NHS analysis of reports into 38 surgical Never Events – patient safety incidents that are considered preventable – from across England that occurred between April 2016 and March 2017 (the last full year with data available) also revealed it is easy to mishear critical information being passed between OR staff.

How can a surgeon ensure everyone within a multi-disciplinary team – including a lead surgeon, registrar, anaesthetist , radiographer, surgeon’s assistant,  scrub nurse, and equipment runner – is fully engaged throughout an extended period? How can all team members be confident that they have heard accurately, especially when moving between the OR, prep rooms and equipment stores?

Right First Time

To address these challenges in effective teamwork and communication within the OR, the “Improving communication in robotic-assisted laparoscopic surgery” study set out to evaluate the effect of using a wireless audio headset device on communication, efficiency and patient outcome in robotic surgery. The controlled trial of individuals participating in gynaecologic and urologic robotic procedures, evaluated the quality of communication, performance, teamwork and mental load. The study also measured ambient noise levels throughout the duration of the procedures.

Participants reported better overall communication in cases where headsets were used; while there was also a measurable impact on reducing the ambient noise level when headsets were deployed. The report confirms, “Our study shows that the use of wireless headsets improves communication in the robotic OR. In addition, the percentage of time above a peak sound level of 70 dB is reduced while using headsets.”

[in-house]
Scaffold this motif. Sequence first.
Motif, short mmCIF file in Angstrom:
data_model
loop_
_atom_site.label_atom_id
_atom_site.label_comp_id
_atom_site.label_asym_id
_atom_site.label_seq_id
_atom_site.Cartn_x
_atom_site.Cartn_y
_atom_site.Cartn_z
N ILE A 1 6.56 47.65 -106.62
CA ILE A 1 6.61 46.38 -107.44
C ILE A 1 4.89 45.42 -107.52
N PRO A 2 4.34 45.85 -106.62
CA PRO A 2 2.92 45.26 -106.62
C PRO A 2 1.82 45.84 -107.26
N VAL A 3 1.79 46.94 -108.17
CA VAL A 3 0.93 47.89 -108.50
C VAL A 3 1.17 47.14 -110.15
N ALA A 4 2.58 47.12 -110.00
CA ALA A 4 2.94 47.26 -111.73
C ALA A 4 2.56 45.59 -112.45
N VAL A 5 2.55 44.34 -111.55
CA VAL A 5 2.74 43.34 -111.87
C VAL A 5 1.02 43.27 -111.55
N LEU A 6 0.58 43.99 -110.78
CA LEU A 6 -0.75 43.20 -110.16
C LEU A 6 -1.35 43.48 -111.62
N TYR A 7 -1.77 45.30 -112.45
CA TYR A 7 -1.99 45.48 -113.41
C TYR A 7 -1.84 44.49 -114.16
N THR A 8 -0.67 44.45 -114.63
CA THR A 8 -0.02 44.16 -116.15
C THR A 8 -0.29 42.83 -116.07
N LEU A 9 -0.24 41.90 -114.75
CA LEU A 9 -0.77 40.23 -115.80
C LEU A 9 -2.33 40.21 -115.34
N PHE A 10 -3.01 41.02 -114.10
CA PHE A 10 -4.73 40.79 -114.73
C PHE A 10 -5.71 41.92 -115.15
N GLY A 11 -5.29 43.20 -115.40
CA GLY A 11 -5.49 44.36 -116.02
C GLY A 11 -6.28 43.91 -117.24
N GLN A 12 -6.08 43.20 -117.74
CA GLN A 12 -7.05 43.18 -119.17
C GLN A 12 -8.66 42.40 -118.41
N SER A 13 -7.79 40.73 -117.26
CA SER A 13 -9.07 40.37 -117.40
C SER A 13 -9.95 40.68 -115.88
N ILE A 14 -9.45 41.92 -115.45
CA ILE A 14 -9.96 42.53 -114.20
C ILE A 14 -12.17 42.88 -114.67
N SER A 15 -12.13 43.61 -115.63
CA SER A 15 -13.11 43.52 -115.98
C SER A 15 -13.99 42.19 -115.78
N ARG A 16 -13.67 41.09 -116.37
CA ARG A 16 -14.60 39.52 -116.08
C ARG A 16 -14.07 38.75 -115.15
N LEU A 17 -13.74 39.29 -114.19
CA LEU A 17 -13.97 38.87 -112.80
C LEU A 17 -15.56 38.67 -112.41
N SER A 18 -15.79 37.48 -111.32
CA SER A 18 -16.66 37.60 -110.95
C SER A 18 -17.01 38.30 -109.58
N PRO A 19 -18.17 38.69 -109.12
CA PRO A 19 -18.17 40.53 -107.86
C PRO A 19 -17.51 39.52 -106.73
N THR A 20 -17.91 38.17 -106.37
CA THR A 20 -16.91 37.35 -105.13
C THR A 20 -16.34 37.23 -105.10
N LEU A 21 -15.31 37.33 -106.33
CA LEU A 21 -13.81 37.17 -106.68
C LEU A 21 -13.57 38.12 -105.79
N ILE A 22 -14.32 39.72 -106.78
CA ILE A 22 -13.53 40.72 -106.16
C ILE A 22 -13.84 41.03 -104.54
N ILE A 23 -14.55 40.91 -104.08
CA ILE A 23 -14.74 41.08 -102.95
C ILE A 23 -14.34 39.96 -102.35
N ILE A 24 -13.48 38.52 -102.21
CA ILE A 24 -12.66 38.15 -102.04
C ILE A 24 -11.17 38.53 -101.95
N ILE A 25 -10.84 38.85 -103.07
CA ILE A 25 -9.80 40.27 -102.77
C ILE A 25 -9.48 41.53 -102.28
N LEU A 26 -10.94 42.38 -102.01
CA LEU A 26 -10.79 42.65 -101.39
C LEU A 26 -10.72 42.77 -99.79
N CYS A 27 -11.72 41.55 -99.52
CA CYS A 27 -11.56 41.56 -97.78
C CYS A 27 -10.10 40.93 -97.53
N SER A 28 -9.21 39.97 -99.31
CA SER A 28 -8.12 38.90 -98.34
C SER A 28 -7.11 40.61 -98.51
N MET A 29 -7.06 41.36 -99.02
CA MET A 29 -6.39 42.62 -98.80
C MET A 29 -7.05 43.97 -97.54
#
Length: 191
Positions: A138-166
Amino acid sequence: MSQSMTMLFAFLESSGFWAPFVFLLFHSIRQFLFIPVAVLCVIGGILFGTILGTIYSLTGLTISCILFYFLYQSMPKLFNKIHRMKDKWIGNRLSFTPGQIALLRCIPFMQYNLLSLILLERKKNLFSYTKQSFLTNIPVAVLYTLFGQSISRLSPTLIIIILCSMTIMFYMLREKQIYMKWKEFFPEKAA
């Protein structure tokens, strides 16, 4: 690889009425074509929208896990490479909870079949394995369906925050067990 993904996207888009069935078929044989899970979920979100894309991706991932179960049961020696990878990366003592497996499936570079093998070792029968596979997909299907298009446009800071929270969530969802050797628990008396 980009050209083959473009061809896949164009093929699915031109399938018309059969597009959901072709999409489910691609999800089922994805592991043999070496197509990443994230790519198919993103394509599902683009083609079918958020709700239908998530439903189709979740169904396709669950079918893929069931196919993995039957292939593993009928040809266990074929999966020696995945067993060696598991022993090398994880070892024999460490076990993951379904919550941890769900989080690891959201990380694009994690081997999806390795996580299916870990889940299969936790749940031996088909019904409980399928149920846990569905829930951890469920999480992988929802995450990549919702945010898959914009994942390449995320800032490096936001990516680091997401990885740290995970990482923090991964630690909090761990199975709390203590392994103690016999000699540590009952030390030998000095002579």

These findings are backed up by the experiences of surgeons in the UK.  Paul Harnett, Consultant Trauma and Orthopaedic Surgeon at King’s College Hospital and Orpington Hospital is among a growing body of surgeons using audio headsets within the OR to ensure every team member can communicate effectively throughout a procedure. Harnett says, “Audio headsets make a significant improvement in communicating to everyone involved.”

Conclusion

There is mounting evidence for the value of single channel, lightweight headsets in providing high quality, effective communication where every team member is part of the process, with ready acknowledgement and confirmation of information and instruction.  As Sweetnam confirms, “It is essential that all staff are aware of the decisions being made – and that interruptions are kept to a minimum. Everyone working on a complex procedure gets into a rhythm; if we have to stop for any reason – perhaps to repeat what has been said, turn around to speak with people or we’re delayed because a revised instruction to the runner wasn’t heard – it is incredibly frustrating. Headsets improve the process: there is no need to repeat instructions or clarify requests. Everyone can hear exactly what has been said the first time.”

With the higher volume of information exchanged within the OR team during robotic surgery and the shift towards verbal cues, as a result of his study Ziv Tsafrir concludes, “With the assistance of the wireless headsets, we amplified the verbal cues. This intervention showed marked improvement in all four of the domains that were evaluated: quality of communication, performance, teamwork, and mental load. Moreover, all team members, regardless of their role, shared the same positive perception of the added value of using the headsets in cases.”